A certain level of authority comes with writing the Justice League, the power to change the direction of any one of these incredibly important characters. Whether it’s the effects of a battle or the development of interpersonal relationships, what happens in the League is significant across DC titles and always has been.

With all this said, the clear decision for the ‘New Geoff Johns’ is Steve Orlando.

Orlando began his career at DC Comics with Midnighter during the DCYou initiative, celebrated for its engaging and well-characterized take on StormWatch’s resident badass as well as his tactful representation of Midnighter’s sexuality. He then scripted issues of Batman and Robin Eternal and wrote the Justice League – The Darkseid War: Shazam! one-shot. For Rebirth, Orlando hit the ground running with Midnighter and Apollo (the sequel series to Midnighter) and Supergirl, then co-wrote “Night of the Monster Men” with Tom King through Batman, Nightwing, and Detective Comics in October 2016. What seals the deal for Orlando as ‘DC Showrunner’ is his most recent project: Justice League of America.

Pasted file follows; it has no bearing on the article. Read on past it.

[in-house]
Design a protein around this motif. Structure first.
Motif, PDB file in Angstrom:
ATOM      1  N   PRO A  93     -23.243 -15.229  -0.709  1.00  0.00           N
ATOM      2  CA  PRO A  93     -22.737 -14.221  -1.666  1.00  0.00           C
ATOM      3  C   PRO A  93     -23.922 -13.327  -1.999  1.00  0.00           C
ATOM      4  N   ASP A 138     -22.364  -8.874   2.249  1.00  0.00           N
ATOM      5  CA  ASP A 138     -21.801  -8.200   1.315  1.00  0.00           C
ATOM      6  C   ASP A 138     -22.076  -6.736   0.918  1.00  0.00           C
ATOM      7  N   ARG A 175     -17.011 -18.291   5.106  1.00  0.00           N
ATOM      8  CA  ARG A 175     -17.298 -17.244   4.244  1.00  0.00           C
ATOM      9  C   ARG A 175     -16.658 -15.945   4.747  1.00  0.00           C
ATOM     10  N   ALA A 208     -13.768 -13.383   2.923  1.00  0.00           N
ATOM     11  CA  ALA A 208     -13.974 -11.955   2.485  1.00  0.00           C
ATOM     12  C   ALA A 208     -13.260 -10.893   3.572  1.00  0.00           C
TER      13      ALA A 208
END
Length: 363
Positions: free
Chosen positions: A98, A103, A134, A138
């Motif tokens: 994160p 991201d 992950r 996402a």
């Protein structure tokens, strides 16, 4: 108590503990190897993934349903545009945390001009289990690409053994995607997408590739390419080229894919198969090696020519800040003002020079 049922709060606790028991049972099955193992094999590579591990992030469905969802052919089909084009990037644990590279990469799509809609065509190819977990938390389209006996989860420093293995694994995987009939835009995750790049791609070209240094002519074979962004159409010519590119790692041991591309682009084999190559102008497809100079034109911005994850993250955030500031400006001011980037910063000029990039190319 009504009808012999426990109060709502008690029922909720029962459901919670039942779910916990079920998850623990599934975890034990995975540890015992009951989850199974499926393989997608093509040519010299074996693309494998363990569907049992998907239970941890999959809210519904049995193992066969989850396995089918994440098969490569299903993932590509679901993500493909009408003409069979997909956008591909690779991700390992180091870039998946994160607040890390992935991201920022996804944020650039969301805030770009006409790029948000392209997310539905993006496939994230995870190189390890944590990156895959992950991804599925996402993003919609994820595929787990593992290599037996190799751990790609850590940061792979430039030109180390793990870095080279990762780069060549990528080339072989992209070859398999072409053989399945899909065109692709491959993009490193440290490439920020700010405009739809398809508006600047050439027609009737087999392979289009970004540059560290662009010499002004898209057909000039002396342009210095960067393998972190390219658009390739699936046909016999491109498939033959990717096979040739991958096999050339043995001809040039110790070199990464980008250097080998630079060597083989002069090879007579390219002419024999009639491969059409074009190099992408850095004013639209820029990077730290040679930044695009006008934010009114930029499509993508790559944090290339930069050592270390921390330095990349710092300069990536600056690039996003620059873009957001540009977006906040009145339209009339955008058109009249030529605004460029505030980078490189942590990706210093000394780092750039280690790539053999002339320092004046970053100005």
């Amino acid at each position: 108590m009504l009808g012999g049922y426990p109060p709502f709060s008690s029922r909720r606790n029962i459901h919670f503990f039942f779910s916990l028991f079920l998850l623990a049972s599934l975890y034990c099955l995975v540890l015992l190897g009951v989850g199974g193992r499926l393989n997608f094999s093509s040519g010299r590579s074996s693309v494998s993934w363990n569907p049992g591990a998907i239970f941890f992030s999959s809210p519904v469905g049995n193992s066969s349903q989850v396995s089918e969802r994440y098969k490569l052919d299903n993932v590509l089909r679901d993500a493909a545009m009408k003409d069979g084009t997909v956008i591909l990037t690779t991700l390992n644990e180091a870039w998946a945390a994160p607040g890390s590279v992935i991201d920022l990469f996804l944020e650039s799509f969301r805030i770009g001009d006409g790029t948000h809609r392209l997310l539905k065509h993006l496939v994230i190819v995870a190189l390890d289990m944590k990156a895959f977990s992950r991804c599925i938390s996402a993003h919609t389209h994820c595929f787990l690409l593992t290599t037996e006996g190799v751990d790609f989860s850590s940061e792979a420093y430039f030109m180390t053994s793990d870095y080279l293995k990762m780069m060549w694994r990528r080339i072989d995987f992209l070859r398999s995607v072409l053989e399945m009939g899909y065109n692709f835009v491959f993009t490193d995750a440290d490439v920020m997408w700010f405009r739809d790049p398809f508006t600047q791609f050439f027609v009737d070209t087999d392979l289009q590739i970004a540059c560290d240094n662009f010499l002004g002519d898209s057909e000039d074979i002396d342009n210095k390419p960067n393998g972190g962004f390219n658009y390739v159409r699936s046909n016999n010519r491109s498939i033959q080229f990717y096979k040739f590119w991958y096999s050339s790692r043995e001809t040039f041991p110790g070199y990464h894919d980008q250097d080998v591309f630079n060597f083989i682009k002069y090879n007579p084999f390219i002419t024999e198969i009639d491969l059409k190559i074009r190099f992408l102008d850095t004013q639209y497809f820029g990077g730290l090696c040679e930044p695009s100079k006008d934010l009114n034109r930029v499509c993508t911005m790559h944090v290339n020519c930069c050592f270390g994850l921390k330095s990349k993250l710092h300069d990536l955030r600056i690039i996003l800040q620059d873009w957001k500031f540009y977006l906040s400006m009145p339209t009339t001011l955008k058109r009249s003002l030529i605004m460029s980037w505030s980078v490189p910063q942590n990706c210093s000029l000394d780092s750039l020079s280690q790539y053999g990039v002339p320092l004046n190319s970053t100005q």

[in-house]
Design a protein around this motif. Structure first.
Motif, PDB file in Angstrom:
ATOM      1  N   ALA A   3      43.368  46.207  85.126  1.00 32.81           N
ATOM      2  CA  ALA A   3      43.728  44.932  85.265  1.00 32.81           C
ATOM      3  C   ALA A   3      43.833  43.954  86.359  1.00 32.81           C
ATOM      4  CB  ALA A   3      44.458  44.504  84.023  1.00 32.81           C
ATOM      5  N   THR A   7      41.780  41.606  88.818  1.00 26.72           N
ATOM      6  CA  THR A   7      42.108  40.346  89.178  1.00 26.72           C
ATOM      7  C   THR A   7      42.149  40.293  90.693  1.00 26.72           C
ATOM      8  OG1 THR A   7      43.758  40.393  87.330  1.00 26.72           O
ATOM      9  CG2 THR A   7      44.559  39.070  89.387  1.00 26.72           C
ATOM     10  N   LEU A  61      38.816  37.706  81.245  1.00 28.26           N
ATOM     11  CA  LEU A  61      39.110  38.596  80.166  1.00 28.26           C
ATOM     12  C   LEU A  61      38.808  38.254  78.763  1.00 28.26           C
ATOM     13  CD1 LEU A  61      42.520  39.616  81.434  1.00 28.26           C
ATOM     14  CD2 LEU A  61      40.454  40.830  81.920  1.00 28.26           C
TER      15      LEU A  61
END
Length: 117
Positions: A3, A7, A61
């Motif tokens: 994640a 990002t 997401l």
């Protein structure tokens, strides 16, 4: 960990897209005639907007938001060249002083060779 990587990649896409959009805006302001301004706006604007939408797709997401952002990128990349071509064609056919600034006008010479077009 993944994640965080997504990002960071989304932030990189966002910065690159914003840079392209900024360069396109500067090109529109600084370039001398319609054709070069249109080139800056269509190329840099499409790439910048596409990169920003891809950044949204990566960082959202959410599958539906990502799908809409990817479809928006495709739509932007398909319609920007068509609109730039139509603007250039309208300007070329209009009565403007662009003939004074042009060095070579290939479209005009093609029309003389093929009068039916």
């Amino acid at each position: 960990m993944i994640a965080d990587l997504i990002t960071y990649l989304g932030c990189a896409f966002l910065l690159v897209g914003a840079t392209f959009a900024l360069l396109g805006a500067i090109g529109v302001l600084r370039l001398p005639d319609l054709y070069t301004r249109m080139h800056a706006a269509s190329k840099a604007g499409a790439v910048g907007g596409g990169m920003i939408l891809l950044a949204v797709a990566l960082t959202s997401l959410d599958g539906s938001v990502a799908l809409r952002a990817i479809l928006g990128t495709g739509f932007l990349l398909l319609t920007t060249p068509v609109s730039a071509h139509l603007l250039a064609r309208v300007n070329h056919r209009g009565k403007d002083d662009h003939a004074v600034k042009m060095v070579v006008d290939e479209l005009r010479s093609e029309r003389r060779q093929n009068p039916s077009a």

Justice League vs. Suicide Squad changed how ordinary citizens see superheroes after Maxwell Lord uses his Eclipso powers to possess the League (except Batman) and turns them into soldiers to take control of the entire planet in less than fifteen minutes. More often than not the ends don’t justify the means, and no manner of excuse can shake the distrust and fear ordinary civilians begin to feel in the wake of their protectors turning on them. With Hitch’s Justice League floundering out of the gate, Orlando’s quirky JLA roster is the superhero team we need, and also the one we totally deserve after having to read “The Extinction Machine” (Justice League #1-5.) Batman understands that powerless need to feel empowered, that living in a world with gods watching over them doesn’t mean they can’t themselves be heroes. This is the reason for Bruce’s Justice League of America, a purposely named team with purposely chosen individuals to carry out a purposely designed mission statement.